The Pac-10 Tournament is held in Los Angeles every March, and the city appears to have very little interest in actually heading out to the Staples Center for the games. Lets take a look at some statistics for the past few days.
The opening round of the Pac-10 Tournament began on Wednesday, beginning with Oregon State vs. Stanford and closing out with ASU against Oregon.
The games were billed as a single ticket, and attendance was tallied at 7,814. The Staples Center has a maximum capacity of 19,079, which means that the arena was at only 40.9% capacity. Considering the quality of the competition, I'll give the fans a break -- no LA teams were playing, and the bottom of the Pac-10 is barely above high school basketball at times.
The quarterfinals, however, are a different story. A full day of games (four, to be exact) and both USC and UCLA were participating in the festivities. Here's a table breaking down the attendance from Thursday:
For a full slate of games featuring both Los Angeles schools, a highly-ranked Arizona Wildcats team, and 3 or 4 likely NCAA Tournament teams, this attendance is subpar at best.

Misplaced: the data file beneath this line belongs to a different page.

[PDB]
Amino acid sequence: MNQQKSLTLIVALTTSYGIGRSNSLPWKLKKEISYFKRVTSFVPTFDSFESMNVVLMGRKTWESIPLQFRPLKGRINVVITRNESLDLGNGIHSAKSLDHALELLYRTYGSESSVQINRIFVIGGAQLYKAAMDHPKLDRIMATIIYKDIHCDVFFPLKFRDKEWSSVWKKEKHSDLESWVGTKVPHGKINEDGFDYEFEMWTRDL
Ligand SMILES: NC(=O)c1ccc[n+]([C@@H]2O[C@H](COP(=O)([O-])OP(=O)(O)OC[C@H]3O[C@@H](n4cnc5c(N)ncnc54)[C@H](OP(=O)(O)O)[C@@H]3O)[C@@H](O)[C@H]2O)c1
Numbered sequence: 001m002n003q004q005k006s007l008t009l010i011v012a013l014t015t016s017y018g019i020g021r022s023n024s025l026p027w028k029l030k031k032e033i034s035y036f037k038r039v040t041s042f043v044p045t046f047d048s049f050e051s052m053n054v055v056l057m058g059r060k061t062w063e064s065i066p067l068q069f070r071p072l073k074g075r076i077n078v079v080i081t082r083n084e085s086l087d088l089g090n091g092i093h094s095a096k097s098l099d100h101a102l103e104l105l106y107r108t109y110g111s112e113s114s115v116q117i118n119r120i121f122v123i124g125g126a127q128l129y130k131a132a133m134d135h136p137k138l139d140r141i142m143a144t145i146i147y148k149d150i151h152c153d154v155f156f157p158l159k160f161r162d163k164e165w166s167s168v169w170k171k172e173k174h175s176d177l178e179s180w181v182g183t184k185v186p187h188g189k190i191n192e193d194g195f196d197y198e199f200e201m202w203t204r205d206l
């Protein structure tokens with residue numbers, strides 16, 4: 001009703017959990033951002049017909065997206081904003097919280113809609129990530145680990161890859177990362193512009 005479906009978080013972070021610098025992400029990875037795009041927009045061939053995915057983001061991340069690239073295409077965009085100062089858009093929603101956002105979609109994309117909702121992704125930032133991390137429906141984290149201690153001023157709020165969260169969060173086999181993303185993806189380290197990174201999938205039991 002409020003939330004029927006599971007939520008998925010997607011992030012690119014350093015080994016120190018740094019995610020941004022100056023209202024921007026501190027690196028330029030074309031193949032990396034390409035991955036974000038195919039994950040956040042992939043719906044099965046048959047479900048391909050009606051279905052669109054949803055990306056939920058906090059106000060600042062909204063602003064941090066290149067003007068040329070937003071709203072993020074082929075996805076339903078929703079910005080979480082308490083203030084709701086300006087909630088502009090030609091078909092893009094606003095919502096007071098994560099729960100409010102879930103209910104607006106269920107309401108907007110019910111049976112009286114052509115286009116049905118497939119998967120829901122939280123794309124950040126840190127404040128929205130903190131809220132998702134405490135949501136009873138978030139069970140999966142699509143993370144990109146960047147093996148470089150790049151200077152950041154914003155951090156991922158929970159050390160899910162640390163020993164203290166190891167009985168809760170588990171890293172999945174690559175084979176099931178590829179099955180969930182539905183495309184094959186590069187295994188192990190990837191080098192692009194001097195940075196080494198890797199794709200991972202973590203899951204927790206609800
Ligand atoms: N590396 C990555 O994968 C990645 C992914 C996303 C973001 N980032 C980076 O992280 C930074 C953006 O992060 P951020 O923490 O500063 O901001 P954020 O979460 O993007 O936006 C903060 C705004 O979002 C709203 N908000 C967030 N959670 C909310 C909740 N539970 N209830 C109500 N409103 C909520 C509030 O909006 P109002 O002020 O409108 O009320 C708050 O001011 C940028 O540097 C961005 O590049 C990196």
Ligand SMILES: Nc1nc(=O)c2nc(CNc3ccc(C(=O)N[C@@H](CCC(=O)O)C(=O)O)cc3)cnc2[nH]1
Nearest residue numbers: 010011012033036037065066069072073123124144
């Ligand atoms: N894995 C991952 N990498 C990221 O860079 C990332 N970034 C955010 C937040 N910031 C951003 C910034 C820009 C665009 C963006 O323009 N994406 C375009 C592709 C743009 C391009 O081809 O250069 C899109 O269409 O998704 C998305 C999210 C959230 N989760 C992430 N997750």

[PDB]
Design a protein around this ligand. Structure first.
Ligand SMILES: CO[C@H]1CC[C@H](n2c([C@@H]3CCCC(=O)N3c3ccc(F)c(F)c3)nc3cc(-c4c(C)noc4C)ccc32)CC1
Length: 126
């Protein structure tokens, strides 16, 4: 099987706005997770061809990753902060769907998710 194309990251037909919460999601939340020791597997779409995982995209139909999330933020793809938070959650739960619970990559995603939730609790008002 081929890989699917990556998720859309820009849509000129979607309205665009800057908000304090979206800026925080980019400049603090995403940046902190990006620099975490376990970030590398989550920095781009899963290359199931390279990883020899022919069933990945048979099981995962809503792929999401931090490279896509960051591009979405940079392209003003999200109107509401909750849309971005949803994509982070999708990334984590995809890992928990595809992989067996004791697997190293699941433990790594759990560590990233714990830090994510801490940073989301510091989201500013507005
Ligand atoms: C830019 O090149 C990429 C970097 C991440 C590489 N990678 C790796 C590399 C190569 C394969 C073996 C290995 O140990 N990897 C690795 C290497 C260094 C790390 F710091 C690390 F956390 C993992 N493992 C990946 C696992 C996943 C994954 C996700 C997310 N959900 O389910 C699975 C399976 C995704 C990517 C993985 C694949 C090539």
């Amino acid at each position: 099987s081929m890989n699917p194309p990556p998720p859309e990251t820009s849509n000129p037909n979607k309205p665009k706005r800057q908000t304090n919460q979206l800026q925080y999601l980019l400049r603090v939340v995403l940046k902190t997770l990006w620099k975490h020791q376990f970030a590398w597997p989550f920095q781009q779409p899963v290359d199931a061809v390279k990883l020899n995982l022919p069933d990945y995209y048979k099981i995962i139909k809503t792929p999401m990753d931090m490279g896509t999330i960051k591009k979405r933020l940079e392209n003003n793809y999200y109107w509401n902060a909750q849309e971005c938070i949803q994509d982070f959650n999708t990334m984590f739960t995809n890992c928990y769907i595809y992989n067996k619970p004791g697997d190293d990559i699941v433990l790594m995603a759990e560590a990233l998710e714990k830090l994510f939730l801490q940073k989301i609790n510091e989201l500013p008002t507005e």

When I was a senior in college a few years back, I covered the Pac-10 Tournament for House Of Sparky. James Harden and Jeff Pendergraph led the Sun Devils all the way to the title game before they lost in exciting fashion to the USC Trojans.
The crowd in the early days was underwhelming, but the finals were well-attended by Trojan fans. The game had an attendance of 16,988. Even when a local team was gunning for the Pac-10 title, the arena was still only 89% full. Is this acceptable? I say no.
Addicted to Quack has put together a plea to Pac-10 Commissioner Larry Scott to move the Pac-12 Tournament to various sites, thereby increasing the novelty factor and providing improved revenue for the conference. I'm a big proponent of this idea, and after the agreement to host the tournament expires in 2012, the Pac-12 should move it around. Los Angeles, you had your chance.